So how can security teams avoid the indignity of a failed audit? Explaining poor findings, addressing detected security vulnerabilities, or explaining to the board (or worse, the regulator) what led to a loss of data are all situations to be avoided.

For peace of mind, it comes down to gradual improvement. It’s like getting fit, you do it gradually, testing the state of security of your environment with periodic trial audits. That way you can assess the ‘fitness’ of your security controls ahead of time, progressively mitigating the low hanging fruit identified in trial audits so as to (i) eliminate any surprises for an auditor to find; and (ii) improving the overall maturity of your security controls in the process. When that’s done, you’re ready for a formal audit.

There is a pretty standard set of controls that are likely to trip you up every time. Collectively they’re sometimes called your ‘cyber hygiene’, and any cyber security professional can provide you with a list for your attention.

Australian authorities have already derived that list into their Essential 8 cyber security framework which lists, in priority, the most frequently exploited controls and how to improve them. That is part of the reason why these controls form the basis of Huntsman Security’s Essential 8 assessment solutions.  The ethos is to check (and assure) the effectiveness of these controls in order to improve cyber security, and as a result lessen the likelihood of attack.  This is where we can help; we’ve assisted many organisations to demonstrably improve and maintain a better cyber posture.

Prizes for second place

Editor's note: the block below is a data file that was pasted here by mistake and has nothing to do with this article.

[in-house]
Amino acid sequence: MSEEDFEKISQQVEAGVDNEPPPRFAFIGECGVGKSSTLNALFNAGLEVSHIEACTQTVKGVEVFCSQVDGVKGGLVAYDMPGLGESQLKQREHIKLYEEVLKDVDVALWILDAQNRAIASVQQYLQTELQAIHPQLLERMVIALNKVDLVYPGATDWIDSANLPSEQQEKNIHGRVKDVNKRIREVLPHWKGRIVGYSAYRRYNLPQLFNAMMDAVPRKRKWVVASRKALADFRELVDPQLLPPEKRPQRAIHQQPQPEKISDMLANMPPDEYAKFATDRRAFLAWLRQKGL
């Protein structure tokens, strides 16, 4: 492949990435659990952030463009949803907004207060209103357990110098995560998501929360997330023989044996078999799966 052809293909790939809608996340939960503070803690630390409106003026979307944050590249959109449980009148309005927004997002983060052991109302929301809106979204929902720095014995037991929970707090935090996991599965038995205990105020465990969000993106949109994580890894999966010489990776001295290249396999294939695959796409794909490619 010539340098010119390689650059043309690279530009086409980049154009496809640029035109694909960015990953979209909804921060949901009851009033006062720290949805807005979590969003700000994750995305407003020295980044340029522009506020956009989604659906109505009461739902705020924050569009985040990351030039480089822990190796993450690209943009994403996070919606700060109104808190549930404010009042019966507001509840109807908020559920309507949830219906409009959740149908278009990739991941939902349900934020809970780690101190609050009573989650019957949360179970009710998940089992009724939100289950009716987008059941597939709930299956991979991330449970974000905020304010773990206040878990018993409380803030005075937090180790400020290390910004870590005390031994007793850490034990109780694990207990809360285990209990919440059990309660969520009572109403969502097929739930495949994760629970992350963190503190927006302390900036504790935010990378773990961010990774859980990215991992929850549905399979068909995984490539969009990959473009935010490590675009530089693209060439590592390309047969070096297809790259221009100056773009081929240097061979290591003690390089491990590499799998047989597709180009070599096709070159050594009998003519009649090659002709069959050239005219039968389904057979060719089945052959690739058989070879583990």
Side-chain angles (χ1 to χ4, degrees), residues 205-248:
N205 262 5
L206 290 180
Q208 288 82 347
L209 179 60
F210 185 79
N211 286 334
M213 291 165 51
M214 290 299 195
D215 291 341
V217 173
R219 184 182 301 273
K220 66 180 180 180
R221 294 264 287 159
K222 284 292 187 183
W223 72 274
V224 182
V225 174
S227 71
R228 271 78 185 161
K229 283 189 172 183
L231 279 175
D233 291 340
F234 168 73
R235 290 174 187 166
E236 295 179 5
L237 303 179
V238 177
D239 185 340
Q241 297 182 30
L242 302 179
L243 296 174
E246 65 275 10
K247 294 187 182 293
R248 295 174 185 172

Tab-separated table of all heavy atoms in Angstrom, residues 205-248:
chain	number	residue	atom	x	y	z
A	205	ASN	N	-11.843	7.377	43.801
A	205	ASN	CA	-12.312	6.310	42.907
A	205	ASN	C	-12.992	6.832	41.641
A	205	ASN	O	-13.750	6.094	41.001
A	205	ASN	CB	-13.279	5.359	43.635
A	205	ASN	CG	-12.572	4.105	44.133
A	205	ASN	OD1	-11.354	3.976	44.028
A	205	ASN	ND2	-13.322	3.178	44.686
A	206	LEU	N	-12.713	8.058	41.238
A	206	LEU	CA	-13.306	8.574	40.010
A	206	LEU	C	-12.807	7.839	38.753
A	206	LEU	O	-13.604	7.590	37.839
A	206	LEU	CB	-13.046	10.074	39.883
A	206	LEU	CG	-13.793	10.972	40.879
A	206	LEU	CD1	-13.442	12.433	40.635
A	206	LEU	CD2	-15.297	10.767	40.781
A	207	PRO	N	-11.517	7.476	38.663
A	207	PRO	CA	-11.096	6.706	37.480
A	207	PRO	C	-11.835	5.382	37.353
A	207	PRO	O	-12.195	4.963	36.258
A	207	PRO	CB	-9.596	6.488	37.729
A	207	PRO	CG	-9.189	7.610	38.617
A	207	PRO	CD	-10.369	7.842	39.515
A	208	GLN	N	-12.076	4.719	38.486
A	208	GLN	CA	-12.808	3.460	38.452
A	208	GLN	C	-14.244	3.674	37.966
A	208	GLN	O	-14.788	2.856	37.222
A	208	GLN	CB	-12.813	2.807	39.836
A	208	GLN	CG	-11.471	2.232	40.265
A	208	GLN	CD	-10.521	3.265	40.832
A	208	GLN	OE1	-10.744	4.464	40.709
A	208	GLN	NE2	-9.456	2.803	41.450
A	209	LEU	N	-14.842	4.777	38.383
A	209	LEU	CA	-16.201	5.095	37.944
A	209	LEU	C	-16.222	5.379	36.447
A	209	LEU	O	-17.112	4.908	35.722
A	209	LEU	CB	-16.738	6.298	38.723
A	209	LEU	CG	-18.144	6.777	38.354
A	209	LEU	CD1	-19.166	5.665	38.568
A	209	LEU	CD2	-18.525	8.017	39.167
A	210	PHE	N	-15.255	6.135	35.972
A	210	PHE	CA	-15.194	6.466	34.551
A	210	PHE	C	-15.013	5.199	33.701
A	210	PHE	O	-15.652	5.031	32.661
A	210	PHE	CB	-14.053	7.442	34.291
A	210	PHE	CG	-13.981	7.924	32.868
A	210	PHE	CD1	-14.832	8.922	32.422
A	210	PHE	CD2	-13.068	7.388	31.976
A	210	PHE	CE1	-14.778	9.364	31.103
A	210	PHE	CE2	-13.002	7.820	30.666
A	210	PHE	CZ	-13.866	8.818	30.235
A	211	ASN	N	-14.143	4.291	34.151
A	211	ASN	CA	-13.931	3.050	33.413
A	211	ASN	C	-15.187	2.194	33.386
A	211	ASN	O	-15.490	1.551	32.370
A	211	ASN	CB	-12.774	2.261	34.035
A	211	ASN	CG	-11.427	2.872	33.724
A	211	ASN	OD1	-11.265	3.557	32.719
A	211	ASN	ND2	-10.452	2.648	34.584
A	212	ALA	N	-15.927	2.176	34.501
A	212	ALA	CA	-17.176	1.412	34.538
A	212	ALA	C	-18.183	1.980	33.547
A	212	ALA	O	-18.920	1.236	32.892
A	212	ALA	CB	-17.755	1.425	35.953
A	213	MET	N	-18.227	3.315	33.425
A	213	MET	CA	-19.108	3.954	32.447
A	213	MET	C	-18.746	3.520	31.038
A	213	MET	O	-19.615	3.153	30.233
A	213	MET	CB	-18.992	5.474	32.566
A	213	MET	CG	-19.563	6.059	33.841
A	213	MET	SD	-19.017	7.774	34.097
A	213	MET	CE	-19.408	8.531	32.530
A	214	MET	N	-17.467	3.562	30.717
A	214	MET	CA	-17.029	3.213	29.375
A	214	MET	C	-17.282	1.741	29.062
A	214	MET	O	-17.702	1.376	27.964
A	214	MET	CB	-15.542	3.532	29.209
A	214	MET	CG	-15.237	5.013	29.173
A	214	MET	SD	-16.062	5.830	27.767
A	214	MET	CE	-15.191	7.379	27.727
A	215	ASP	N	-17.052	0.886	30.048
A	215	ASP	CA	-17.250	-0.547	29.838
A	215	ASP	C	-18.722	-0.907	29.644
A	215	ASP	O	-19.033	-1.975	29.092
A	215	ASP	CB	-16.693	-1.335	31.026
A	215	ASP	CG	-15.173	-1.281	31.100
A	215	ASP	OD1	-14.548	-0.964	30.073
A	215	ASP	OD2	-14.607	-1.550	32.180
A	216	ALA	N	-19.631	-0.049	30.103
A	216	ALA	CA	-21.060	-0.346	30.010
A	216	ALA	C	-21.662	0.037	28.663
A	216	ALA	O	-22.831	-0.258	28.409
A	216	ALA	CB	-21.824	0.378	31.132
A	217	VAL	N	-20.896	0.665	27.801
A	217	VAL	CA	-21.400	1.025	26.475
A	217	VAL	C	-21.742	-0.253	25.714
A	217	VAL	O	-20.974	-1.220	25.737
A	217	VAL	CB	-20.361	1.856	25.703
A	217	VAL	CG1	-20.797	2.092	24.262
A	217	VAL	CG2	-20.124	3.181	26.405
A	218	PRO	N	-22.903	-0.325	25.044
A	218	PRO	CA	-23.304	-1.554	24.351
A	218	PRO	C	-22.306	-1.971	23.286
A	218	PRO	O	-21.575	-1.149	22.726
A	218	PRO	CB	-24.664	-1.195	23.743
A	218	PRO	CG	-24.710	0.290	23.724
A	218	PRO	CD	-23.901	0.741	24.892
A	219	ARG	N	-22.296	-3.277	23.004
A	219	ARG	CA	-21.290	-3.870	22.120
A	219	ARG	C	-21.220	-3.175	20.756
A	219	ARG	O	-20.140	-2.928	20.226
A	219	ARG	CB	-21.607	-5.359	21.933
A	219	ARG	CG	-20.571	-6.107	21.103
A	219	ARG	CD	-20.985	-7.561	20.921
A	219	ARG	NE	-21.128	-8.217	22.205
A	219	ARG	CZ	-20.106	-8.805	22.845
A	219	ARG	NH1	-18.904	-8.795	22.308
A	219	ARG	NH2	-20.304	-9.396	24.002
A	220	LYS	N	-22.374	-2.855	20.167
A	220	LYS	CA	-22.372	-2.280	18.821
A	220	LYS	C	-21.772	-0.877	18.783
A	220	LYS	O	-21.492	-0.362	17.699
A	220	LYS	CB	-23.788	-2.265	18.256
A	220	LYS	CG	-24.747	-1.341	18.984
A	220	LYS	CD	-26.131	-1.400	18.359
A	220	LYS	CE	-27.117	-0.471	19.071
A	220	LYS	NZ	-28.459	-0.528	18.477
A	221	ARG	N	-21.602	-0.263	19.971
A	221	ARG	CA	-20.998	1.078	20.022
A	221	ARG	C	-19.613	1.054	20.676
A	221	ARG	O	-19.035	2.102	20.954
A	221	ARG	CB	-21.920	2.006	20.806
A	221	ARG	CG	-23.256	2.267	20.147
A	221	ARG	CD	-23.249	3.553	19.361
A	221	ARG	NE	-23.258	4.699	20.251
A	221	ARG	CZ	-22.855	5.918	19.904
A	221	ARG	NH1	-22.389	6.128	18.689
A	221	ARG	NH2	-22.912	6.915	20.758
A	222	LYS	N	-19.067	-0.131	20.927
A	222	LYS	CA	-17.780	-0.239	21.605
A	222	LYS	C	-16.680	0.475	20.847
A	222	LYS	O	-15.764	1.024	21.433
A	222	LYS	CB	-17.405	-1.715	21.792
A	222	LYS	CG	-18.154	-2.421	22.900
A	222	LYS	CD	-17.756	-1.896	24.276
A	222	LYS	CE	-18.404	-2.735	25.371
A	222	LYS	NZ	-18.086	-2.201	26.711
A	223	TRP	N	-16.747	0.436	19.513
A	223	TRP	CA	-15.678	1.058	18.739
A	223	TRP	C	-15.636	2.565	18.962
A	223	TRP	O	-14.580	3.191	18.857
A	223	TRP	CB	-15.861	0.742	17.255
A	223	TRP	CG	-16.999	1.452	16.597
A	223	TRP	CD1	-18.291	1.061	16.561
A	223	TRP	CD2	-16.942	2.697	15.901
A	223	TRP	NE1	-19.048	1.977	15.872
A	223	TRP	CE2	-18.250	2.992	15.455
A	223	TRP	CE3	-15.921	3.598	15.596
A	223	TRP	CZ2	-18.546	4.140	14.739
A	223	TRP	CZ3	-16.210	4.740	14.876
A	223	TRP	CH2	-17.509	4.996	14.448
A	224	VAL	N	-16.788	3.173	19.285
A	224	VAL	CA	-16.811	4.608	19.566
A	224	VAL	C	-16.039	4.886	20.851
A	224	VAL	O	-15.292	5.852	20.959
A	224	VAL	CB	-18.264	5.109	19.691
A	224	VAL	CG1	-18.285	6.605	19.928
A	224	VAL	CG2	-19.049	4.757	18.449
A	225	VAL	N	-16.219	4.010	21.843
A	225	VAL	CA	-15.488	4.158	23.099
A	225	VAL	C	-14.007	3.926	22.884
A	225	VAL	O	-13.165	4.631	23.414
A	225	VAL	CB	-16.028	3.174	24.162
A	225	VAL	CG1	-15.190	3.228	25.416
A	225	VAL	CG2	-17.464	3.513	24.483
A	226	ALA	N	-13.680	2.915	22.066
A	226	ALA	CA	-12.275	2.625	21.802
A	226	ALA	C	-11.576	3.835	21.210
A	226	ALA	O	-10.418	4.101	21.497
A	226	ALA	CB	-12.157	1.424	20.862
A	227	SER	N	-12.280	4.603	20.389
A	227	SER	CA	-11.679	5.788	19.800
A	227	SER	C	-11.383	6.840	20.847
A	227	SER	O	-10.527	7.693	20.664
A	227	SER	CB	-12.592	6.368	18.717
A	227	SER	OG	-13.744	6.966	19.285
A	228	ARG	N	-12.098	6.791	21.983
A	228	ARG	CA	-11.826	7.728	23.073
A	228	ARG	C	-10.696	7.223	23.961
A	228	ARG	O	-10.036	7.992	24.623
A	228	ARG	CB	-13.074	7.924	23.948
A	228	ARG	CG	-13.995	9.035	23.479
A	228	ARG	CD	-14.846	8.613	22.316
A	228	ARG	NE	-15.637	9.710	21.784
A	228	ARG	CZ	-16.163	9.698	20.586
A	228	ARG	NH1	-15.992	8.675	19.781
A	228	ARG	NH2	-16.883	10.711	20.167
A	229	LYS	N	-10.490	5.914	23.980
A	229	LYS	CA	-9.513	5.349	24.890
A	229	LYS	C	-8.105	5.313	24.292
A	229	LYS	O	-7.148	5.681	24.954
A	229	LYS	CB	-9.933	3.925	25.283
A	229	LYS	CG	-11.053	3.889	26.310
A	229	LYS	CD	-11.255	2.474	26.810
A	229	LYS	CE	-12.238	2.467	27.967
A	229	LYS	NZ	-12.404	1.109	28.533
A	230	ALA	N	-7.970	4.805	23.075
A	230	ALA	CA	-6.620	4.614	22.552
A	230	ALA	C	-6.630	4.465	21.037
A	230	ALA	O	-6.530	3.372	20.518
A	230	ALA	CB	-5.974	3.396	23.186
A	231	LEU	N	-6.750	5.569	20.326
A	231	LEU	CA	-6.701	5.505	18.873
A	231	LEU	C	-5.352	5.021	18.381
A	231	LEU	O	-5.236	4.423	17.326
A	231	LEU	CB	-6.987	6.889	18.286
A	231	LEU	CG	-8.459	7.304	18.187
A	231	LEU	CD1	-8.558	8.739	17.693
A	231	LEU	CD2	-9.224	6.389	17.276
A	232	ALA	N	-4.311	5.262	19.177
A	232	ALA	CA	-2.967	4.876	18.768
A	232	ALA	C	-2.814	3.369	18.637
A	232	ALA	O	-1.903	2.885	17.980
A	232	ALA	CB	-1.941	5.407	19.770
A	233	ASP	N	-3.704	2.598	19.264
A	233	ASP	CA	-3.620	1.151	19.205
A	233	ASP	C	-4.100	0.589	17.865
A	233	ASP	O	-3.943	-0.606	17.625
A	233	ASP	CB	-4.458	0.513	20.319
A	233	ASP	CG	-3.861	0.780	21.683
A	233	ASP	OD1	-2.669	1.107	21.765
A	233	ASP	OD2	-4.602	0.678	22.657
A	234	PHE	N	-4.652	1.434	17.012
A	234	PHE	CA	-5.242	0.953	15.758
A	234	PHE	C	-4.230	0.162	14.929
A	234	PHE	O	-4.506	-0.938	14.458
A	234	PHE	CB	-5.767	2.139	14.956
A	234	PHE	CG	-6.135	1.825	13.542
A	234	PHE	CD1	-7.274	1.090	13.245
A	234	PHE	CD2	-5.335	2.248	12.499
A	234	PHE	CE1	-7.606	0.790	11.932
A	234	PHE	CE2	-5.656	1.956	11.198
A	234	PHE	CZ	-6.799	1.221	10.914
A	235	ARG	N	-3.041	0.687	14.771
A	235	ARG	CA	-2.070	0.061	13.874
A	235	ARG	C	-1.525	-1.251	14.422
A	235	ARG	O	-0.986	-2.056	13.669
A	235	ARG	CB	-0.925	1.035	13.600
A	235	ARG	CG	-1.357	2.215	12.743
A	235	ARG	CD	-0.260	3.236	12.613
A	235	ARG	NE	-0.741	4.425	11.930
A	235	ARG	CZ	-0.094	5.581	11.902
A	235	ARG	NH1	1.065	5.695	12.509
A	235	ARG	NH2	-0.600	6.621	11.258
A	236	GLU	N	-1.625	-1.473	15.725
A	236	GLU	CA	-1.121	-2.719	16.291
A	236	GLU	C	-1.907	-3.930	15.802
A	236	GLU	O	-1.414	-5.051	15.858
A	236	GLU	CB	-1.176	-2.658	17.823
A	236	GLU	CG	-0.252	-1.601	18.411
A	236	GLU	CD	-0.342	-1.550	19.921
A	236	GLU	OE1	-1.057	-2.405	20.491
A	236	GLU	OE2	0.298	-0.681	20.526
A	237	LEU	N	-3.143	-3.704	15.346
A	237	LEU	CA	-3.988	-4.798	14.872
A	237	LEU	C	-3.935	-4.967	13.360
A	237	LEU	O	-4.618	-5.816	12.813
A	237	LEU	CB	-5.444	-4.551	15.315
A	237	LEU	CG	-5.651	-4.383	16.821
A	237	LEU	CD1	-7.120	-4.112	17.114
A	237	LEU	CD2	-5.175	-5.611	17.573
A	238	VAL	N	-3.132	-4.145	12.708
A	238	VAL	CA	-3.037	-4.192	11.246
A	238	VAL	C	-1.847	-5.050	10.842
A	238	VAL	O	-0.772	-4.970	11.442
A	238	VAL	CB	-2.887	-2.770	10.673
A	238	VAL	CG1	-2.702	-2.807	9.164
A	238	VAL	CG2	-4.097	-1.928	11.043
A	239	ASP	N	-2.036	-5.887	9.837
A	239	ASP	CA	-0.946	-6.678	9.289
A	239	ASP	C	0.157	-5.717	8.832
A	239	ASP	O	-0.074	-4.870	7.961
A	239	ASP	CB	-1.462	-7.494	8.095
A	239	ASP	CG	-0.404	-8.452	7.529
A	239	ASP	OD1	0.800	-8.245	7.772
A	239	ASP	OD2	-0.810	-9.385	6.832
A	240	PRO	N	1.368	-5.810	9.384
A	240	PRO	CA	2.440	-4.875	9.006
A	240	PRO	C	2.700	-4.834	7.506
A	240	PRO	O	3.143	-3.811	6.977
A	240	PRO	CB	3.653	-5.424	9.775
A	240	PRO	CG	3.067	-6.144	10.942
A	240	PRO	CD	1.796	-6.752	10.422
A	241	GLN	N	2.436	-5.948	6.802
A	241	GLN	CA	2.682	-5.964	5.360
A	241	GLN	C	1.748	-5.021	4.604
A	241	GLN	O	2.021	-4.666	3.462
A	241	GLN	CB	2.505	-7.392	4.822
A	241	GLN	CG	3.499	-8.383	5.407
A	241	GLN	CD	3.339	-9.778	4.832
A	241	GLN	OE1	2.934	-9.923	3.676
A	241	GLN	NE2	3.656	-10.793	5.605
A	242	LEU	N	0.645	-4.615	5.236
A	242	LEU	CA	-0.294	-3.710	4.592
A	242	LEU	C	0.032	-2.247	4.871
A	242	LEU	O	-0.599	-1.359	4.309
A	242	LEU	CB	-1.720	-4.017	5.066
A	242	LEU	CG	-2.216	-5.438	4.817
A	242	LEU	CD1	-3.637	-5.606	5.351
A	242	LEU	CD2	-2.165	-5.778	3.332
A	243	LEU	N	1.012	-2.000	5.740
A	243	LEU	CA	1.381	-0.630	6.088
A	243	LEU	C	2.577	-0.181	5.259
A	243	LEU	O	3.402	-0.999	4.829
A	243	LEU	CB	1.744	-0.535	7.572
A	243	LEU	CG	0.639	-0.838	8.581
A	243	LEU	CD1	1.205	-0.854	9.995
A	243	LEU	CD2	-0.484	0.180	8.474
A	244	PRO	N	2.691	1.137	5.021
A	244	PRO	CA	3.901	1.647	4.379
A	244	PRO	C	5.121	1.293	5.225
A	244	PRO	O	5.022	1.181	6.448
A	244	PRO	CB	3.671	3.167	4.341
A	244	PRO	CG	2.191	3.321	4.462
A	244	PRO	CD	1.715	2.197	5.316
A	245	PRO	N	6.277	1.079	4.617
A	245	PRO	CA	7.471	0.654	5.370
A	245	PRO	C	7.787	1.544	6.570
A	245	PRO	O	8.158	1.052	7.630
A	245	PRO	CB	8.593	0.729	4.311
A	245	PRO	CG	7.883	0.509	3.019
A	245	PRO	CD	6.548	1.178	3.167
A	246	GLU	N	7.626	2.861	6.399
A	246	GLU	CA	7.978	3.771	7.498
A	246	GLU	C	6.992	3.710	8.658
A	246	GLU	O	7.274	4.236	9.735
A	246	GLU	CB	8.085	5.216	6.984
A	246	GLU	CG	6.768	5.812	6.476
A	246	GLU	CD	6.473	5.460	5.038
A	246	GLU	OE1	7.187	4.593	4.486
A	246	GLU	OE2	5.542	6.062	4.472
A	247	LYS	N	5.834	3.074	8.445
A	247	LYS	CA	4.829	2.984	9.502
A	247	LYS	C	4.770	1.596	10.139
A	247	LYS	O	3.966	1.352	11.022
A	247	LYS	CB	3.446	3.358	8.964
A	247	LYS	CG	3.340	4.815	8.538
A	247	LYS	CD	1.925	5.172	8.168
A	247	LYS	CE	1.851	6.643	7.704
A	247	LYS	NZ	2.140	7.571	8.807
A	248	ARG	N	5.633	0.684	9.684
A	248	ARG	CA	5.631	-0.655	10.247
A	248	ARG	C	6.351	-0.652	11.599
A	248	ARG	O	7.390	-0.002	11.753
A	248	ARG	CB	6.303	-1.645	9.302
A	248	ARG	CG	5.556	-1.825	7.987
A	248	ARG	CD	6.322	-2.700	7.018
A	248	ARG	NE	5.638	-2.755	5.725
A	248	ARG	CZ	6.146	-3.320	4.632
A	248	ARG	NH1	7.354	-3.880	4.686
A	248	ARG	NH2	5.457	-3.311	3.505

There are always security vulnerabilities to stay on top of, so if you have a means of finding and fixing them before the audit, that’s ideal. It means you can be ahead of an auditor rather than having that difficult conversation about how and why the horse already bolted.  If you have a process that progressively checks your security controls as part of pre-audit procedures you can significantly reduce your risk and save time even if only to collate evidence and data to investigate an unsatisfactory audit result.

It’s true that regulators may take a lenient view for businesses where breaches have occurred as a consequence of the pandemic; but as time progresses it is equally likely that they may feel that businesses have had more than enough time to deal with these issues.

Of course, regulatory scrutiny and penalties are a worst case – it may be that the immediate impact of poor IT risk management ceases at indirect losses or even reputational damage; or depending on its nature it might involve regulators. Whatever the consequence of poor security governance the likely impact of repeat offences is bound to become more costly.

It’s better to know your weaknesses

Knowing that your security controls are working effectively is an important achievement. It means a more robust risk management culture; knowing where there are gaps provides the security team with an opportunity to prioritise risk mitigation efforts for more effective safeguards.

Equally important is establishing a means by which you can measure the effectiveness of your security controls. One way, of course, is to wait for an attack and then yell ‘mea culpa’ and seek clemency; a second is to wait for vulnerabilities to be publicly revealed by an auditor.

If these risk identification and vulnerability assessment techniques seem too reactionary there is a solution that can help. Using a Huntsman Security vulnerability assessment tool, it’s entirely possible for you to identify security control gaps in your IT security and fix them before they can be found by someone else; an attacker or even an auditor.

To find out how Huntsman Security’s solutions help with this approach, contact us for a consultation or demo.